Frederick Douglass Narrative Of The Life Of Fredrick Douglass, An American Slave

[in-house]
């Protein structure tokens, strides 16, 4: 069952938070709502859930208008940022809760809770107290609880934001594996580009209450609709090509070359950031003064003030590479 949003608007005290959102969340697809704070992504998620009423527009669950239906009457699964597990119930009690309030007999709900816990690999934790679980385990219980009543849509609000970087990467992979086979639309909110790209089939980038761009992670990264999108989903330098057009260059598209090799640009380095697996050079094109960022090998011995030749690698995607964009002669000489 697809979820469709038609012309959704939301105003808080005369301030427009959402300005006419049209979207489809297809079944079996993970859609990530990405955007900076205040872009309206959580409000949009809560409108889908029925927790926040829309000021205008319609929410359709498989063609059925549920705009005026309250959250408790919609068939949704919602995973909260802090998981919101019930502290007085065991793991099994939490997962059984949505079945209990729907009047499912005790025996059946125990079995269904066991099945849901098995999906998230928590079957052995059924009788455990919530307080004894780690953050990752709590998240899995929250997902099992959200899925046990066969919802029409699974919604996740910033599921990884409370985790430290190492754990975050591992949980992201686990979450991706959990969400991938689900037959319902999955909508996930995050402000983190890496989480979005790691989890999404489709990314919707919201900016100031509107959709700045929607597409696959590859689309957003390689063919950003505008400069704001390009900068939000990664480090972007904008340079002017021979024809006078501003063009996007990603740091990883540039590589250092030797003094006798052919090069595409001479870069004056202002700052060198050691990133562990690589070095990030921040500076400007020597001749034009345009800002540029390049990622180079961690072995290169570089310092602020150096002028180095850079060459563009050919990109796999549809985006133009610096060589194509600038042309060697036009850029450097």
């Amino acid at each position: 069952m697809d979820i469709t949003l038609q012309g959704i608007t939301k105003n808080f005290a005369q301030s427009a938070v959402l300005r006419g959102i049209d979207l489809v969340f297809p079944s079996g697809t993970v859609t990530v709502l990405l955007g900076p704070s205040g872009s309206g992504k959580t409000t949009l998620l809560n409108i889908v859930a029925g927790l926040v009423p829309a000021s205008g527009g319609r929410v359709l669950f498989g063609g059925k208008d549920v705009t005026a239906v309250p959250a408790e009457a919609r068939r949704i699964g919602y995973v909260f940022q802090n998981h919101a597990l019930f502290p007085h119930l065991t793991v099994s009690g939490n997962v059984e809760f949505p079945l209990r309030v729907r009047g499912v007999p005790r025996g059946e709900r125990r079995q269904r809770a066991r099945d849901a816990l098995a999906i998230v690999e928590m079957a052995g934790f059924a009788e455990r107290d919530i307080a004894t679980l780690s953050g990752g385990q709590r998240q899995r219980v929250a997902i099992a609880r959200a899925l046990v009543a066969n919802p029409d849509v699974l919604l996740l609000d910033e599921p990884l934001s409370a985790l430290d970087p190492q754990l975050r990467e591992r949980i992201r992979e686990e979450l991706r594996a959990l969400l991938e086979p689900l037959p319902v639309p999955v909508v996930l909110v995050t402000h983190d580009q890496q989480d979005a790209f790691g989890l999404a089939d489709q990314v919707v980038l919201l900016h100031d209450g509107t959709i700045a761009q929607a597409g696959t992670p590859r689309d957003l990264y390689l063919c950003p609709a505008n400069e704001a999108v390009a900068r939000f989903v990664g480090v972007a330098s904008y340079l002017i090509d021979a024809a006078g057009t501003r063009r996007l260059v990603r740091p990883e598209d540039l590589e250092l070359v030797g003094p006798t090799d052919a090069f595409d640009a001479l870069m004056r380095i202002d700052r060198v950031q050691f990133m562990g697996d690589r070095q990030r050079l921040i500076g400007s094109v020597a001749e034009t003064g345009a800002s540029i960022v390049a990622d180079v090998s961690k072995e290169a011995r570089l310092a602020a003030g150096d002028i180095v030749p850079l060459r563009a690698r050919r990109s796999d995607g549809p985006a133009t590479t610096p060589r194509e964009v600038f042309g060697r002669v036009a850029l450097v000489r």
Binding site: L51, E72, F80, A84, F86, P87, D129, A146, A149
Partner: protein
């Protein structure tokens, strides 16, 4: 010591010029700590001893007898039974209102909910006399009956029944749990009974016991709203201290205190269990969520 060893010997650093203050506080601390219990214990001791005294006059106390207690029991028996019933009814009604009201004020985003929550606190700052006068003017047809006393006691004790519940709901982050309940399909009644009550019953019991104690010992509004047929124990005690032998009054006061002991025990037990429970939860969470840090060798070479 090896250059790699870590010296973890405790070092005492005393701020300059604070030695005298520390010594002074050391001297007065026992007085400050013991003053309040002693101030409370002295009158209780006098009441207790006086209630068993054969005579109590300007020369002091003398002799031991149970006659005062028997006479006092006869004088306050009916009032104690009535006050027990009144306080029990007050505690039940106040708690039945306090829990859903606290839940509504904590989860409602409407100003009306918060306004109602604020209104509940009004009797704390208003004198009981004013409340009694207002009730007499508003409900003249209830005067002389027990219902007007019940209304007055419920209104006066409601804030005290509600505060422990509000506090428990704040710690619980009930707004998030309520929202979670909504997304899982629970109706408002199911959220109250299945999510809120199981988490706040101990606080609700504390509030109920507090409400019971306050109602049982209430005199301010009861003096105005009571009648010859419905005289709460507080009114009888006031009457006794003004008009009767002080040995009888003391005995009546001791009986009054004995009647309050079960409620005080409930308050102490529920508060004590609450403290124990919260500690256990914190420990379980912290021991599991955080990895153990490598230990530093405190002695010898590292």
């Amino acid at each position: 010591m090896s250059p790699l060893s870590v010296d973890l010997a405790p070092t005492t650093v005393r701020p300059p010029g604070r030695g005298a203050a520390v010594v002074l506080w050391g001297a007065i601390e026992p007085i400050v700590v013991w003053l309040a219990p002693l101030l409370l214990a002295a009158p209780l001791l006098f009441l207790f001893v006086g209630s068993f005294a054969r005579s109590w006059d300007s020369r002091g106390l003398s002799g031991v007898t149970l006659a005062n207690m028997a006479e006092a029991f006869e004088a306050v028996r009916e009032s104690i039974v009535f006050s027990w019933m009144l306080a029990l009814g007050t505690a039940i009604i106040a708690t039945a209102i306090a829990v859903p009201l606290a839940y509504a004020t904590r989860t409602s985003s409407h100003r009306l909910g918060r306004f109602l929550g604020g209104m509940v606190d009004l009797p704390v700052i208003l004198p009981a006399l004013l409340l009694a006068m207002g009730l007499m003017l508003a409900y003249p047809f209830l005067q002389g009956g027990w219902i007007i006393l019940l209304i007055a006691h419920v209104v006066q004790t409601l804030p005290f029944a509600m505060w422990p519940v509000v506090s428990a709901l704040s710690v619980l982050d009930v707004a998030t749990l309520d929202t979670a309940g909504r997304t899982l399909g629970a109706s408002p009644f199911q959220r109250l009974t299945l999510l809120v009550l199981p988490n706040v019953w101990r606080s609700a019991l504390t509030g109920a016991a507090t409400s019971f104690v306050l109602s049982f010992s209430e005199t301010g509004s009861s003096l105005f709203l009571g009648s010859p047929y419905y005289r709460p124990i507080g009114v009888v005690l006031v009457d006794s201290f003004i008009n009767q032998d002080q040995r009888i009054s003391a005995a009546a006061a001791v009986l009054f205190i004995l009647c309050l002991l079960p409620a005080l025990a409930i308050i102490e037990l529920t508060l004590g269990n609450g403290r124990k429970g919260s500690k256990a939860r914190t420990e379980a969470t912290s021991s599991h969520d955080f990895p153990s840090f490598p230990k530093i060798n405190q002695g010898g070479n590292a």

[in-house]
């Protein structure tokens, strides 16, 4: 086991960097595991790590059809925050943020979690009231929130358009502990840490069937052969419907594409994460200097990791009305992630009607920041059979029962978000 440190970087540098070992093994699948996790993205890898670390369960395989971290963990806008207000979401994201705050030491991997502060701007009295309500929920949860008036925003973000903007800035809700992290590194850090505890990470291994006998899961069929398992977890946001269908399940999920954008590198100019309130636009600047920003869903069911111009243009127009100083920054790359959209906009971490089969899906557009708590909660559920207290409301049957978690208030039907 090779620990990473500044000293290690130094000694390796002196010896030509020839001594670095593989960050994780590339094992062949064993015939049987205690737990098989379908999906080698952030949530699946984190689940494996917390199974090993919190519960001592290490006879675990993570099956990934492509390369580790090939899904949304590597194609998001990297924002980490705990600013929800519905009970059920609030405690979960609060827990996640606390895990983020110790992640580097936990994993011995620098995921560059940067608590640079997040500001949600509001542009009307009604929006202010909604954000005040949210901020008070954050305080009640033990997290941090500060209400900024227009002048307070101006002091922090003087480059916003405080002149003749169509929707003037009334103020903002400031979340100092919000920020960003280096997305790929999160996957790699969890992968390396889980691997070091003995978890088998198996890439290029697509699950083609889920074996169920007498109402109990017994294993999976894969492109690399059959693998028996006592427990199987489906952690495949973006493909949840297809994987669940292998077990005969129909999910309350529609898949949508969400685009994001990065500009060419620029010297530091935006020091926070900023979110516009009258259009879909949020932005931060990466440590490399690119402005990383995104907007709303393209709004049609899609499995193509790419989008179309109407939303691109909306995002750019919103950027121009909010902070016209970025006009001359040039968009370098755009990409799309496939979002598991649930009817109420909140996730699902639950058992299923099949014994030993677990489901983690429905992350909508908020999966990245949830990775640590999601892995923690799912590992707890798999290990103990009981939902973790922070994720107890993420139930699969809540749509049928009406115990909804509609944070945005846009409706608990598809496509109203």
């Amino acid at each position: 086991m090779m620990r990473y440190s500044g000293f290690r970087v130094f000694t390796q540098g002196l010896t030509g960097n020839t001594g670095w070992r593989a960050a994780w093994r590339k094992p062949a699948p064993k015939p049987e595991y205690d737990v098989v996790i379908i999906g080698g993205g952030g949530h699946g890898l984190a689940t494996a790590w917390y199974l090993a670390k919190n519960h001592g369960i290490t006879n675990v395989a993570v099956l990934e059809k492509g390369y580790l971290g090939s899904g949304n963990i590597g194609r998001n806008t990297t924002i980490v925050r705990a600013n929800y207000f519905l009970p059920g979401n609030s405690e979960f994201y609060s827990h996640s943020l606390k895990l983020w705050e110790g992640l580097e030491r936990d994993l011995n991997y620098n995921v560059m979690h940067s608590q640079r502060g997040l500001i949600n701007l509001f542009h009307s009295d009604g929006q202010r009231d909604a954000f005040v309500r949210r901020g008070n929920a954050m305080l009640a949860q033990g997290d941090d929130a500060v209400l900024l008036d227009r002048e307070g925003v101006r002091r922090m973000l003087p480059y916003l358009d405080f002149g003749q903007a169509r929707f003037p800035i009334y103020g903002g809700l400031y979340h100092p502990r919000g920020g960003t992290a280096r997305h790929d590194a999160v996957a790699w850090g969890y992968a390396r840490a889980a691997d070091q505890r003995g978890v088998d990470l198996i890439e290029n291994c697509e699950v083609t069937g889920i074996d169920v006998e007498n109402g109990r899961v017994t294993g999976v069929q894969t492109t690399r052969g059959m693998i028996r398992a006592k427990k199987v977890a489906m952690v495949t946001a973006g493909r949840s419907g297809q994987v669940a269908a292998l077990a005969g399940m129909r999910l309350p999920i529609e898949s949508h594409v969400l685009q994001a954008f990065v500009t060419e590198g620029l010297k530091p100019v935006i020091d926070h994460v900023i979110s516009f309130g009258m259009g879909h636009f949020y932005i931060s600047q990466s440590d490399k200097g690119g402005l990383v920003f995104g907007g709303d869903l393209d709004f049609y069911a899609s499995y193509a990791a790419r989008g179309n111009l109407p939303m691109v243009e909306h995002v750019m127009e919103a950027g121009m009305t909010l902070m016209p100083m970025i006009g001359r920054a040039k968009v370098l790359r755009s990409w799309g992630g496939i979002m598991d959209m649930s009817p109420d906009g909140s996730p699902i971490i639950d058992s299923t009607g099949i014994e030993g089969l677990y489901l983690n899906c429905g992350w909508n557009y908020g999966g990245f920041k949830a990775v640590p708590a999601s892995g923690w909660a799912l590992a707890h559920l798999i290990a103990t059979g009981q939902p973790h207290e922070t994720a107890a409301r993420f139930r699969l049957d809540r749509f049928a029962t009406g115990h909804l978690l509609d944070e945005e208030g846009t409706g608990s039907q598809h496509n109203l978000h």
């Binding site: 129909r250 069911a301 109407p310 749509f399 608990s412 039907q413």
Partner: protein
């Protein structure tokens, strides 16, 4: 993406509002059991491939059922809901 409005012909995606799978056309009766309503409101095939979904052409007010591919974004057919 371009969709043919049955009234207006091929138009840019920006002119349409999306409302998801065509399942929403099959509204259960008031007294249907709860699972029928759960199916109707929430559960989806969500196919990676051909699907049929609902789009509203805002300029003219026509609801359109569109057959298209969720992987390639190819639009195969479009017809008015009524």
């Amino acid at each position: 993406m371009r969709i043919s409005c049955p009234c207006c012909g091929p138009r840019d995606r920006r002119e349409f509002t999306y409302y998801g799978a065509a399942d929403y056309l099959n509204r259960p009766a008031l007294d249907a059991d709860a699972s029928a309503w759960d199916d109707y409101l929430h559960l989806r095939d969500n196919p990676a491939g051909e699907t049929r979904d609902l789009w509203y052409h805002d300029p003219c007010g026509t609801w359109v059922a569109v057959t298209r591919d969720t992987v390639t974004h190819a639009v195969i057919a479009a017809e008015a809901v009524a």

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Jonathan Stang Waddell AP Language 26 July 2014 Fredrick Douglass-Narrative of the life of Fredrick Douglass, an American Slave Preface, page 4 “As soon as he had taken his seat, filled with hope and admiration, I rose, and declared that Patrick Henry, of revolutionary fame, never made a speech more eloquent in the cause of liberty, than the one we had just listened to from the lips of that hunted fugitive.” Response In this passage, Garrison attempts to express the sheer fascination, impressment, and wonder that washed over him when he had heard Fredrick Douglass’s speech on the occurrences within slavery. Garrison applies this literary motivation with the use of the rhetorical comparison between the unknown Douglass’s speech and that of the well-known patriot Patrick Henry. By comparing and stating that Douglass conceived a message of liberty that even one of the fore fathers of the liberation of their nation was not able to create, Garrison is able to apply a message to the reader of the magnitude of the intelligence and beauty that Douglass contains. This statement impresses upon the reader the thought of how cruel slavery truly is, through Garrison’s diction as well. The fact that such an intelligent and upstanding human is made to be a lesser being, a “hunted fugitive” because of his skin and not of his mind or moral code affects the conscience of all who hear or read Garrison’s words. Through his Powerful message Garrison is able to convey
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